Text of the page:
Further investigations conducted on a segment of the East-West line, following the train collision at Joo Koon station yesterday, have revealed that the software glitch that caused the two trains to collide arose because the faulty train was “transiting between the old and new signalling systems.”
This is according to Land Transport Authority (LTA)’s latest statement on the matter, late this evening, in which it said:
“Given this finding, LTA and SMRT have decided to isolate for up to one month the operations of the Tuas West Extension, which runs on the new signalling system, from the rest of the East-West Line, which runs on the old signalling system. This will enable our engineers to carry out further assurance checks together with Thales.”
In a separate statement, Transport Minister Khaw Boon Wan said that he was “disturbed” that a “critical safety software could be disabled by a defective trackside device.”
Asserting that the link between the Tuas West Extension and the rest of the East-West Line should not be resumed until this issue has been fully addressed, the Minister added:
“I have told the team to keep separating the two sections of EWL, if need be until the entire EWL is ready to run on the new signalling system,” he said. “This way we avoid having trains transiting from one signalling system to another with its attendant safety risk.”
We re-publish LTA’s latest statement here in full:
“The whole-day suspension of the Tuas West Extension service on 16 November 2017 has been very useful for the Thales engineers to carry out detailed assurance checks on the new signalling system.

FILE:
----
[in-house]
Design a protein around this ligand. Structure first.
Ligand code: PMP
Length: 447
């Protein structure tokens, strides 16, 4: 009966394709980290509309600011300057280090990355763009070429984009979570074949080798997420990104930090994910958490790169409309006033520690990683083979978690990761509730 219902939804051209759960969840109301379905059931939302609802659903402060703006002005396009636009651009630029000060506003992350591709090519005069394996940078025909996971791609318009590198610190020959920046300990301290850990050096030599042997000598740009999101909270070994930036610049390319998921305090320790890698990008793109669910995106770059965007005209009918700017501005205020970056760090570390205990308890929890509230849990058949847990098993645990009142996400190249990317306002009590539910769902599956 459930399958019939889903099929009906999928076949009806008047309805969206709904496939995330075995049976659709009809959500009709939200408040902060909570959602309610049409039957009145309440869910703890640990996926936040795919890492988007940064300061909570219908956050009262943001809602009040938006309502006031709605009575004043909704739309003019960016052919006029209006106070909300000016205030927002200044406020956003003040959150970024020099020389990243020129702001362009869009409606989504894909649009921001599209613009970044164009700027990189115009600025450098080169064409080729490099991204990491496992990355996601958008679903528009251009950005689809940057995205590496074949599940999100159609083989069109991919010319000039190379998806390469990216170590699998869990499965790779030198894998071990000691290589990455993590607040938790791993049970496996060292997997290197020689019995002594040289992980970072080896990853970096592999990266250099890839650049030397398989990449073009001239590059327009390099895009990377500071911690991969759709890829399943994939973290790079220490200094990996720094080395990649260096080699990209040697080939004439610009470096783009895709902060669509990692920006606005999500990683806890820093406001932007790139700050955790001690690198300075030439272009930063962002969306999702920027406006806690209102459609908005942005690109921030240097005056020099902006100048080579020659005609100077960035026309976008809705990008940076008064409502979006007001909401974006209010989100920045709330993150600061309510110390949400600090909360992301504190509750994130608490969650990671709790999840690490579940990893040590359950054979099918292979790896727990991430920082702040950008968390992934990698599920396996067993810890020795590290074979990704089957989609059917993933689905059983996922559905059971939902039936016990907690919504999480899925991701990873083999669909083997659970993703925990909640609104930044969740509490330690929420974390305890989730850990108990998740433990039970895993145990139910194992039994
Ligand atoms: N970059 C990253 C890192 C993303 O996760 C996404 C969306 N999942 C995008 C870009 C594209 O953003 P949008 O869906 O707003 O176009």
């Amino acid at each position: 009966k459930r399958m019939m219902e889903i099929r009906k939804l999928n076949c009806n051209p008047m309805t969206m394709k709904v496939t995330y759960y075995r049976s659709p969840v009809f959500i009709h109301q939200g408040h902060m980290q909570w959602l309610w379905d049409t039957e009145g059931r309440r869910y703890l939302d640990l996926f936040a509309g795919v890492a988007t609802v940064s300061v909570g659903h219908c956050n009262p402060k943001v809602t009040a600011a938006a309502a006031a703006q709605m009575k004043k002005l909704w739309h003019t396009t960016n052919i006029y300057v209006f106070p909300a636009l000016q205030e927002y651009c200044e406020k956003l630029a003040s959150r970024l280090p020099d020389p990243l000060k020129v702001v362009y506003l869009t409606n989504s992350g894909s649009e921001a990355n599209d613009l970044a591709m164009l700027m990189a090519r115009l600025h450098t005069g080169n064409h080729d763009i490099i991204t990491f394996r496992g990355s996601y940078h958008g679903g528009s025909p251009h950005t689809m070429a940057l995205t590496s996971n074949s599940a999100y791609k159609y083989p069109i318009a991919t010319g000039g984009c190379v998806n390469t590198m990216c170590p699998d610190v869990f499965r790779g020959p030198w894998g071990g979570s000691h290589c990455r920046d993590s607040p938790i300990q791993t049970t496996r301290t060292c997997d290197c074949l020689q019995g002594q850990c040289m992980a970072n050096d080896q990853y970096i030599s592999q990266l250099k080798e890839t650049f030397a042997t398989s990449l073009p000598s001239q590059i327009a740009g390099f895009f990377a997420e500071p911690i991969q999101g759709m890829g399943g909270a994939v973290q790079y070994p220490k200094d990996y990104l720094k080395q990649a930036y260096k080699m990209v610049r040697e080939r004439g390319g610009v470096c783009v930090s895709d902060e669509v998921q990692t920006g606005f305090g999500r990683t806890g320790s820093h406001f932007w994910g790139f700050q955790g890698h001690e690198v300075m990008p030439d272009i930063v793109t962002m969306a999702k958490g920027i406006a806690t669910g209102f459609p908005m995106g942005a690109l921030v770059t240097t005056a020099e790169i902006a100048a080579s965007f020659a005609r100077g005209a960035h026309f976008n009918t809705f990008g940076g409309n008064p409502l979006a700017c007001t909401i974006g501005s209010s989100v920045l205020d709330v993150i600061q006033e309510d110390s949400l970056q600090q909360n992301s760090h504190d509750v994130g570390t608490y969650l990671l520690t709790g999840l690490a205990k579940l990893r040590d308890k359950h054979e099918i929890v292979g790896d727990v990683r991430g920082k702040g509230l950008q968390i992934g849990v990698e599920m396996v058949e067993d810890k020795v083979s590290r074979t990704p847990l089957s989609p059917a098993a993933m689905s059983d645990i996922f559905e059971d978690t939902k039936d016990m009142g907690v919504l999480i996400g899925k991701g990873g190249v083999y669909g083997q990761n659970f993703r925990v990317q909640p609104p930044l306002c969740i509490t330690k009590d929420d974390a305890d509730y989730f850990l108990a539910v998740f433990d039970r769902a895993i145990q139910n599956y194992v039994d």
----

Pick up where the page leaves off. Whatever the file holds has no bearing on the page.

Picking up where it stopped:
Based on these checks, Thales has confirmed that the old and new signalling systems are respectively safe for operation.
The disabling of the software protection feature that resulted in the 15 November 2017 train collision arose when the faulty train was transiting between the old and new signalling systems.
Given this finding, LTA and SMRT have decided to isolate for up to one month the operations of the Tuas West Extension, which runs on the new signalling system, from the rest of the East-West Line, which runs on the old signalling system. This will enable our engineers to carry out further assurance checks together with Thales.
As we need some time to prepare our commuters and our staff for this arrangement, the suspension of Tuas West Extension will continue till Sunday.
Train service on the Tuas West Extension between Gul Circle and Tuas Link will resume operations on Monday, 20 November 2017, using the new signalling system.
The rest of the East-West Line will continue to run on the old signalling system between Pasir Ris and Joo Koon.
From Monday, when the Tuas West Extension resumes service, bridging bus services will be available between Joo Koon and Gul Circle MRT stations (see Annex).
This morning, 33 buses were deployed on the bridging bus service between Joo Koon and Tuas Link MRT stations at headways of three to five minutes.
In addition, several bus trips were added to key trunk services in Tuas to better serve commuters in the area. Service was satisfactory.
We will continue to provide bridging bus services between Joo Koon and Tuas Link MRT stations until Sunday evening.
LTA and SMRT will continue to investigate the incident together with Thales.”